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ARS Home » Midwest Area » Peoria, Illinois » National Center for Agricultural Utilization Research » Functional Foods Research » Research » Publications at this Location » Publication #272035

Title: Effect of corn bran as dietary fiber addition on baking and sensory quality

item Singh, Mukti
item Liu, Sean
item Vaughn, Steven

Submitted to: Biocatalysis and Agricultural Biotechnology
Publication Type: Peer Reviewed Journal
Publication Acceptance Date: 2/29/2012
Publication Date: 3/6/2012
Citation: Singh, M., Liu, S.X., Vaughn, S.F. 2012. Effect of corn bran as dietary fiber addition on baking and sensory quality. Biocatalysis and Agricultural Biotechnology. 1:348-352.

Interpretive Summary: This research demonstrated that corn could replace up to 20% flour in cakes without affecting the sensory acceptability of cakes significantly. As the consumers become aware of the need to increase fiber in their diet, the demand for healthful, flavorful, high-fiber food increases. Corn bran is high in dietary fiber but its acceptability in foods has been limited due to coarse texture due to uneven swelling in products. In this research we determined that refining the corn bran by removing germ and endosperm, and grinding to finer size, offers potential for its use in baked products. The main objective of this project was to develop and characterize high-fiber cakes with corn bran replacing flour at various levels. This study will benefit the bakery industry by generating new products offering healthy alternatives to American consumers.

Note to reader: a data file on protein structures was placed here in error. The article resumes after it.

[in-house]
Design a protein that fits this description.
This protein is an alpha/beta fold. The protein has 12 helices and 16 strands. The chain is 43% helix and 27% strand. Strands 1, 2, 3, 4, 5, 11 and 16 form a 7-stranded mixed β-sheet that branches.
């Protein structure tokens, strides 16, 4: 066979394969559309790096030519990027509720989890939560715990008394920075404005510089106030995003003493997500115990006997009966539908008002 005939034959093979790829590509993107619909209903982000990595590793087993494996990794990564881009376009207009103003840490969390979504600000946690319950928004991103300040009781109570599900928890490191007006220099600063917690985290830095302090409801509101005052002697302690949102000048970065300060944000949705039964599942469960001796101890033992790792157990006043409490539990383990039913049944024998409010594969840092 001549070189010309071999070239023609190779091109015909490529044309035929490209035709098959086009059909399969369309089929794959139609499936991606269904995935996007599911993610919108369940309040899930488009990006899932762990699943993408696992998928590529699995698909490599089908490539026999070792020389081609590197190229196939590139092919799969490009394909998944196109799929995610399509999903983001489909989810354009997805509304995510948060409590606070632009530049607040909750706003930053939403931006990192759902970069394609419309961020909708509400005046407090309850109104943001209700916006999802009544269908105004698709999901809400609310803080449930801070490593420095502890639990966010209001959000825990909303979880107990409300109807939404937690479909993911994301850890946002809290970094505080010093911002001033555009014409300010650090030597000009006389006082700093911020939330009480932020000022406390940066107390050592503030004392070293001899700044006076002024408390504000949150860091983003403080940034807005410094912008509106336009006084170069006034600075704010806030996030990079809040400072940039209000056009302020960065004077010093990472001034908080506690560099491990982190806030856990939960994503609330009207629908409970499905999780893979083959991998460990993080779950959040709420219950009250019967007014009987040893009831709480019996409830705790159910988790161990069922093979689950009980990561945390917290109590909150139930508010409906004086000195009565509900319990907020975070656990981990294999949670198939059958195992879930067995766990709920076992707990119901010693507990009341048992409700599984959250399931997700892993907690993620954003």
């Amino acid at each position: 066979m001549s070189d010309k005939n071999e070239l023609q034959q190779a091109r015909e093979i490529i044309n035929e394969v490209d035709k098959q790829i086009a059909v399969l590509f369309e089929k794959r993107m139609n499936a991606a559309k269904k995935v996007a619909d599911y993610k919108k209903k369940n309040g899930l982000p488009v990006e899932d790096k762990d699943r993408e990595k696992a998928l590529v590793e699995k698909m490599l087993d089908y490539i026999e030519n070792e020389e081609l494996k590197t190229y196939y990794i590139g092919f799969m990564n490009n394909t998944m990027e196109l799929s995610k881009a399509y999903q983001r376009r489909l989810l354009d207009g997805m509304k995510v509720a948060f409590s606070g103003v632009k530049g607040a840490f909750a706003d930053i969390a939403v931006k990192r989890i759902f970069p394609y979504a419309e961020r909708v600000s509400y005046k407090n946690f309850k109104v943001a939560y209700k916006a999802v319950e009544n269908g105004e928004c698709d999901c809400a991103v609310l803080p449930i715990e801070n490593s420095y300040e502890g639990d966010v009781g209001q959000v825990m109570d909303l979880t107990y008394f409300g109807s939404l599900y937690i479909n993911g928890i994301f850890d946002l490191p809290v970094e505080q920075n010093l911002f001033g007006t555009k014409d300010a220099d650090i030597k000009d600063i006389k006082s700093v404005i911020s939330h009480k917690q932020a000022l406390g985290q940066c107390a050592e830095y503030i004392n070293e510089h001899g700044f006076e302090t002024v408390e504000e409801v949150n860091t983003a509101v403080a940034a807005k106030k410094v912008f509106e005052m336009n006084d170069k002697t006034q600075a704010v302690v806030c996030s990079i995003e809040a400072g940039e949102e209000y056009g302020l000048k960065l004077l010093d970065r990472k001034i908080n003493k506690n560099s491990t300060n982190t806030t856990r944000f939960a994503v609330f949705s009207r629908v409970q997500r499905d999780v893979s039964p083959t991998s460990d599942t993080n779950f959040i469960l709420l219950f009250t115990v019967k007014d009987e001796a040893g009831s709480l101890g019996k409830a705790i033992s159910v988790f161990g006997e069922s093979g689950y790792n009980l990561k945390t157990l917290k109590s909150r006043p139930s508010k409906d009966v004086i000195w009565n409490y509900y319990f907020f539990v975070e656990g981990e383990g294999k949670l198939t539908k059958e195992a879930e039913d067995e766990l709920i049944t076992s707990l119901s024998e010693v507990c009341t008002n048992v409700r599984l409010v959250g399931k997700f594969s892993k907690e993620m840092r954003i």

Technical Abstract: Development of wholesome and nutritious fiber rich food products with acceptable functional and sensory quality is a major industrial concern, seeking to capture consumer’s interest in healthy and functional foods. Dietary fiber in corn bran is known for its beneficial effects on human health and nutrition. The main objective was to develop and characterize cakes with added corn bran to increase the dietary fiber intake in the form of purified fine food-grade corn bran (free of germ and endosperm), a byproduct from the grain milling industry that is a good source of dietary fiber replaced flour in cakes at 0%, 5%, 15%, 20%, 25%, and 30% level. The effects of flour replaced with corn bran on batter viscosity, cake volume, crumbgrain, cake color, cake texture cake were examined. Hardness and springiness of cakes were not affected by the increasing levels of corn bran replacement of in cake batter. Flour fortified with 20% corn bran resulted in cakes with acceptable sensory scores based on texture, taste and overall acceptability of the cakes. This study will provide important information to the food industry developing functional ingredients in baked foods and benefit baking industry by generating potentially new food products with healthful attributes.